1. Emotions are somatic events.
  2. Emotions may be blocked by anxiety depression and other mechanisms.
  3. Experiencing emotions overrides multiple types of symptoms including depression and anxiety.

Psychiatrist and former emergency physician and family physician now a leading researcher and clinician in the areas of psychosomatic medicine and short-term psychotherapy of conditions including post traumatic stress disorder.

As a member of Health Canada’s Trauma Response Team, Judy provided support services during SwissAir in 1998, the Walkerton E-coli disaster in 2000 and Y2K2 in 2002, Judy has over twenty years of experience in this field and has worked closely with EHS Nova Scotia, Halifax Regional Police & Fire Service Peer Teams and the Canada Border Services Peer Team.

Five Things That Are Changing in Resuscitation - Dr. Sheldon Cheskes

Description: Keep up to date with the cutting edge changes in Resuscitation! Learn about double sequential external defibrillation and ECMO for refractory VF. Is mechanical CPR the answer for my EMS system. Should we beginning epinephrine in OHCA? Intubation vs SGA in OHCA? Are drones the answer to AED deployment in rural areas? Get answers to all these and more during our resuscitation changes session.

Learning Objectives
At the end of this presentation, participants will be able to:

  1. Know more about new approaches to the management of Refractory VF.
  2. Know more about if mechanical CPR is right for my EMS system
  3. Know more about whether I should be using an ET tube or SGA during cardiac arrest


  1. Double sequential external defibrillation should be considered early in Refractory VF cardiac arrest.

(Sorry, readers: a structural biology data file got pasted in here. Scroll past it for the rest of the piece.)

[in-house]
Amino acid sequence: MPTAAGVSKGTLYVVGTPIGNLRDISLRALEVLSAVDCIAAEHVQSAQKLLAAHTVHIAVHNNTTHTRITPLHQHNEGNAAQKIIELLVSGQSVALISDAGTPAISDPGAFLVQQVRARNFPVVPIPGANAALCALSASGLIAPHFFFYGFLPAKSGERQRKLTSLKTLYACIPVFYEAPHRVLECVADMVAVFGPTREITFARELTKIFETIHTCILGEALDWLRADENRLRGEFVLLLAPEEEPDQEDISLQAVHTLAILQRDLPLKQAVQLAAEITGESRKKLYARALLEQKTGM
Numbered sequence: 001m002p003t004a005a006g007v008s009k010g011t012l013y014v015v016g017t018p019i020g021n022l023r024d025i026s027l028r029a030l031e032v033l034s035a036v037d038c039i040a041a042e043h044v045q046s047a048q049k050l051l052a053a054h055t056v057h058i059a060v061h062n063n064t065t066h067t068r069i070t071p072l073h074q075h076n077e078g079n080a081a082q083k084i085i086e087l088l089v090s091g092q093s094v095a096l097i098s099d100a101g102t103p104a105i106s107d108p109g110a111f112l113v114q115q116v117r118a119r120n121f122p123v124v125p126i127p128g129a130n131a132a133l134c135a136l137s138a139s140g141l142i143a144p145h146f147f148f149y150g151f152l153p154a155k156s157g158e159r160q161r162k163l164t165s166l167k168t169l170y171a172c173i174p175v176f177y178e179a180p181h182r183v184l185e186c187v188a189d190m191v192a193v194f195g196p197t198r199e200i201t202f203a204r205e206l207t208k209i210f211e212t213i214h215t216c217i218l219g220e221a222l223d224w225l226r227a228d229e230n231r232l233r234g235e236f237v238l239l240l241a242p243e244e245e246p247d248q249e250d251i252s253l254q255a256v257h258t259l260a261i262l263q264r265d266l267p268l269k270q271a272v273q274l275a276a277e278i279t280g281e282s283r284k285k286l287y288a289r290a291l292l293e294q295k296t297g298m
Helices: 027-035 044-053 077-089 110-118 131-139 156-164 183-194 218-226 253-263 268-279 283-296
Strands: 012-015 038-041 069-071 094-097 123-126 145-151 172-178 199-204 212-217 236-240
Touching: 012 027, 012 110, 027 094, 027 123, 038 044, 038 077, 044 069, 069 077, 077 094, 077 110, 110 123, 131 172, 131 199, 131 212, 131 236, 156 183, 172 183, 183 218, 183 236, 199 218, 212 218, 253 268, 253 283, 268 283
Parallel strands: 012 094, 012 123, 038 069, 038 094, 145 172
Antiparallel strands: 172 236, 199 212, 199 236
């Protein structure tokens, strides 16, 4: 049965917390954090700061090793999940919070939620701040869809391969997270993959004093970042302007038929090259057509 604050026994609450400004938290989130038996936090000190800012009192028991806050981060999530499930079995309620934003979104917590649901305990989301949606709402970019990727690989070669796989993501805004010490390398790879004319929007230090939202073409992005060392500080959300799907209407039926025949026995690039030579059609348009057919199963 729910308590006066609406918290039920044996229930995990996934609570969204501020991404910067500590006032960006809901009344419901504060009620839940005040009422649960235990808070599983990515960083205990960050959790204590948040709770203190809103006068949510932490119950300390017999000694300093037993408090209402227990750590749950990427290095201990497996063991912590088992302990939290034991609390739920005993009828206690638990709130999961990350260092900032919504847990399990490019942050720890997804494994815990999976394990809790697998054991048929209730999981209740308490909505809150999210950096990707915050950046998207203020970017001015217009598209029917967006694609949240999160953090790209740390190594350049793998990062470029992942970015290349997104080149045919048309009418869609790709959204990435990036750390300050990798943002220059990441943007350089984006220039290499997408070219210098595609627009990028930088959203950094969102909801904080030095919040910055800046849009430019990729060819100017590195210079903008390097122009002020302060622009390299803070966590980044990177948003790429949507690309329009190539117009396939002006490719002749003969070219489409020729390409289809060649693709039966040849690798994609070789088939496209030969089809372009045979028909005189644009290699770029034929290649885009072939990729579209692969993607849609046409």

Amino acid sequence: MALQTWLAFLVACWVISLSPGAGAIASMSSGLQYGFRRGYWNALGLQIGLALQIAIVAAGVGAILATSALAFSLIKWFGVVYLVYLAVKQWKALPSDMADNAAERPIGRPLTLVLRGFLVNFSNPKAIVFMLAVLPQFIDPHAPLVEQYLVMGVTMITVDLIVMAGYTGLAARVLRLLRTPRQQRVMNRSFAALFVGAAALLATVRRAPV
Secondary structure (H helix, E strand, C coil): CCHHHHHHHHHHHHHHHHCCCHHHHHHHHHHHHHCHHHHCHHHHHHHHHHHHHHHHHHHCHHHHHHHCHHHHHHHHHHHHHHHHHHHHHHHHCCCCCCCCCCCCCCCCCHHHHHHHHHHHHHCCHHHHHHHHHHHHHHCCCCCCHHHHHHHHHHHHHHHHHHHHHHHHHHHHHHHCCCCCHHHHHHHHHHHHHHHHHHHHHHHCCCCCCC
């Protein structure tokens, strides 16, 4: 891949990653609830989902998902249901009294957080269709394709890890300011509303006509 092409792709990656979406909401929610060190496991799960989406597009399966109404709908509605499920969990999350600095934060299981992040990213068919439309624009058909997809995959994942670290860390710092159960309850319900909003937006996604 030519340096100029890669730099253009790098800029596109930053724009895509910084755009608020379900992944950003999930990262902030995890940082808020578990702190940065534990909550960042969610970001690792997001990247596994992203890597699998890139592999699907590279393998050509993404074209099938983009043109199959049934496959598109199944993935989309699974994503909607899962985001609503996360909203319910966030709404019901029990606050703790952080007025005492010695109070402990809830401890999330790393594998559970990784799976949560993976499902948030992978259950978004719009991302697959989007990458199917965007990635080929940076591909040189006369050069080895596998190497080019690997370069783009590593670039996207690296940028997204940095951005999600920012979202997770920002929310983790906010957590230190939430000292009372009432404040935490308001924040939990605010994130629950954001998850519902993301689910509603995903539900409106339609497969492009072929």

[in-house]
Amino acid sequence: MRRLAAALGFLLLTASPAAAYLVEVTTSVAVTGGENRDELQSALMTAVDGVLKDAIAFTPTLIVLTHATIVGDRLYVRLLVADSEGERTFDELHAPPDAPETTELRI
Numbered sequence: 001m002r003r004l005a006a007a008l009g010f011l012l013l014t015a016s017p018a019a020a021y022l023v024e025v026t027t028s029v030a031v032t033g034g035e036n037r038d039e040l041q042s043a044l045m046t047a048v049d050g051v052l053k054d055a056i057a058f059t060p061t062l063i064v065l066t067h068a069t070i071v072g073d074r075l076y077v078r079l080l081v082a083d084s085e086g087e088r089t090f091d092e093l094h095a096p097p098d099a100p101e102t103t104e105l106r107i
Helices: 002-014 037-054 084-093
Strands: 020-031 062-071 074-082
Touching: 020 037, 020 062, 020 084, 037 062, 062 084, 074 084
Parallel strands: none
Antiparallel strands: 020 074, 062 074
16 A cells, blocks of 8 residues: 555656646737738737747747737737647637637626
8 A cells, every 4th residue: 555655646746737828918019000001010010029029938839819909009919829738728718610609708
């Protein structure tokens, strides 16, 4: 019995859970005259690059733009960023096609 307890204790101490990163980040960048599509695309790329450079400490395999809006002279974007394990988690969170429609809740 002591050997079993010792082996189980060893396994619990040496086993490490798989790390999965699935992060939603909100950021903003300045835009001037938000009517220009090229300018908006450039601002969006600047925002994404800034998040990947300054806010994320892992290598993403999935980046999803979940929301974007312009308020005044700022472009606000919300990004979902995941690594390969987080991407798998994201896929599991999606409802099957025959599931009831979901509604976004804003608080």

2. ECMO is cool but all the pieces need to be in place for successful outcomes.
  3. SGA are easy! If you don’t intubate often, use them in OHCA.

Dr. Cheskes is the Medical Director for Sunnybrook Centre for Prehospital Medicine and has provided medical oversight in the Regions of Halton and Peel for over 30 years. His research interests include CPR quality, alternative defibrillation strategies and prehospital systems of STEMI care.

Five Things That Are Changing in EMS Leadership - Dr. Alix Carter

Description: It is an exciting time in EMS/paramedicine. Things are changing in clinical practice, and in leadership.

Learning Objectives
At the end of this presentation, participants will be able to:

  1. The participant will be aware of changes in education/certification of paramedics including colleges and degree programs.
  2. The participant will be learn about changes in the education of EMS physicians.
  3. The session will review current challenges in EMS systems leadership such as offload delay.


  1. New pathways to education and registration are important advances in the professional identity of paramedics.
  2. Challenges facing EMS and emergency departments are best addressed through an integrated systems approach.
  3. Prehospital and transport medicine is a recognized subspecialty of emergency medicine with a unique body of knowledge.

Alix Carter is the Medical Director of Research for EHS Nova Scotia, and the Director of the Division of EMS, Department of Emergency Medicine, Dalhousie University, with a cross-appointment to the Department of Industrial Engineering.